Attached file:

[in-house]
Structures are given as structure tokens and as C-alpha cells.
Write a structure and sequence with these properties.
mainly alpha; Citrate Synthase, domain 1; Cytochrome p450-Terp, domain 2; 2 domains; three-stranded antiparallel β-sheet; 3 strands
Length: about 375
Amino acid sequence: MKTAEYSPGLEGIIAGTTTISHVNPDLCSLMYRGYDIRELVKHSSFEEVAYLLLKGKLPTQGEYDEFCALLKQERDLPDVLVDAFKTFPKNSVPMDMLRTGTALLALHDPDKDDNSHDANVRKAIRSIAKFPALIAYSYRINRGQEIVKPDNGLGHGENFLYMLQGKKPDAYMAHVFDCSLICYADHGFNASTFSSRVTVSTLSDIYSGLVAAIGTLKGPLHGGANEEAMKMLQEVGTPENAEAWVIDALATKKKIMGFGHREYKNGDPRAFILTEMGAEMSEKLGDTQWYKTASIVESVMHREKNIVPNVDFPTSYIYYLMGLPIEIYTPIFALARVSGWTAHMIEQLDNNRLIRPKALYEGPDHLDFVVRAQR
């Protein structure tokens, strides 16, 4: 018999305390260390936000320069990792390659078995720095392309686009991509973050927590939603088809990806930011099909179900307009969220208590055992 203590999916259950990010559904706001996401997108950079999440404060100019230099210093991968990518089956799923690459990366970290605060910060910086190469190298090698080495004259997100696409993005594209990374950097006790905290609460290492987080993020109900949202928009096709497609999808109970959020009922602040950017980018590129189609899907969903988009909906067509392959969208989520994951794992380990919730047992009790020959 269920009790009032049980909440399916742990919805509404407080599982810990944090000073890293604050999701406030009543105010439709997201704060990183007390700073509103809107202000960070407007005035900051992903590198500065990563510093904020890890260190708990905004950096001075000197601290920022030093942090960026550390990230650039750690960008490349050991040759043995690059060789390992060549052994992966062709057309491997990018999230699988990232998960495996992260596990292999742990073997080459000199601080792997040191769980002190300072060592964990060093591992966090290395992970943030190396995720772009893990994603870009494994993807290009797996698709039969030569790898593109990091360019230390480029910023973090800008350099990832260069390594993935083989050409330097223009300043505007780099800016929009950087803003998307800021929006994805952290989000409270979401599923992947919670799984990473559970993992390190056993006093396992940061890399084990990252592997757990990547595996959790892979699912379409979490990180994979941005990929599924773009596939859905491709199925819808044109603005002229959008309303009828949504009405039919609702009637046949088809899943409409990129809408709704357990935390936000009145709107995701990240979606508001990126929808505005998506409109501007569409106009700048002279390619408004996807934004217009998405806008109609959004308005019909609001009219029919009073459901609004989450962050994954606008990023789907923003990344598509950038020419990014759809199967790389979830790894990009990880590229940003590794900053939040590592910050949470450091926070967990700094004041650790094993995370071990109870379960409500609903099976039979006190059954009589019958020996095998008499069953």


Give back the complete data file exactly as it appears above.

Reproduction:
[in-house]
Structures are given as structure tokens and as C-alpha cells.
Write a structure and sequence with these properties.
mainly alpha; Citrate Synthase, domain 1; Cytochrome p450-Terp, domain 2; 2 domains; three-stranded antiparallel β-sheet; 3 strands
Length: about 375
Amino acid sequence: MKTAEYSPGLEGIIAGTTTISHVNPDLCSLMYRGYDIRELVKHSSFEEVAYLLLKGKLPTQGEYDEFCALLKQERDLPDVLVDAFKTFPKNSVPMDMLRTGTALLALHDPDKDDNSHDANVRKAIRSIAKFPALIAYSYRINRGQEIVKPDNGLGHGENFLYMLQGKKPDAYMAHVFDCSLICYADHGFNASTFSSRVTVSTLSDIYSGLVAAIGTLKGPLHGGANEEAMKMLQEVGTPENAEAWVIDALATKKKIMGFGHREYKNGDPRAFILTEMGAEMSEKLGDTQWYKTASIVESVMHREKNIVPNVDFPTSYIYYLMGLPIEIYTPIFALARVSGWTAHMIEQLDNNRLIRPKALYEGPDHLDFVVRAQR
């Protein structure tokens, strides 16, 4: 018999305390260390936000320069990792390659078995720095392309686009991509973050927590939603088809990806930011099909179900307009969220208590055992 203590999916259950990010559904706001996401997108950079999440404060100019230099210093991968990518089956799923690459990366970290605060910060910086190469190298090698080495004259997100696409993005594209990374950097006790905290609460290492987080993020109900949202928009096709497609999808109970959020009922602040950017980018590129189609899907969903988009909906067509392959969208989520994951794992380990919730047992009790020959 269920009790009032049980909440399916742990919805509404407080599982810990944090000073890293604050999701406030009543105010439709997201704060990183007390700073509103809107202000960070407007005035900051992903590198500065990563510093904020890890260190708990905004950096001075000197601290920022030093942090960026550390990230650039750690960008490349050991040759043995690059060789390992060549052994992966062709057309491997990018999230699988990232998960495996992260596990292999742990073997080459000199601080792997040191769980002190300072060592964990060093591992966090290395992970943030190396995720772009893990994603870009494994993807290009797996698709039969030569790898593109990091360019230390480029910023973090800008350099990832260069390594993935083989050409330097223009300043505007780099800016929009950087803003998307800021929006994805952290989000409270979401599923992947919670799984990473559970993992390190056993006093396992940061890399084990990252592997757990990547595996959790892979699912379409979490990180994979941005990929599924773009596939859905491709199925819808044109603005002229959008309303009828949504009405039919609702009637046949088809899943409409990129809408709704357990935390936000009145709107995701990240979606508001990126929808505005998506409109501007569409106009700048002279390619408004996807934004217009998405806008109609959004308005019909609001009219029919009073459901609004989450962050994954606008990023789907923003990344598509950038020419990014759809199967790389979830790894990009990880590229940003590794900053939040590592910050949470450091926070967990700094004041650790094993995370071990109870379960409500609903099976039979006190059954009589019958020996095998008499069953």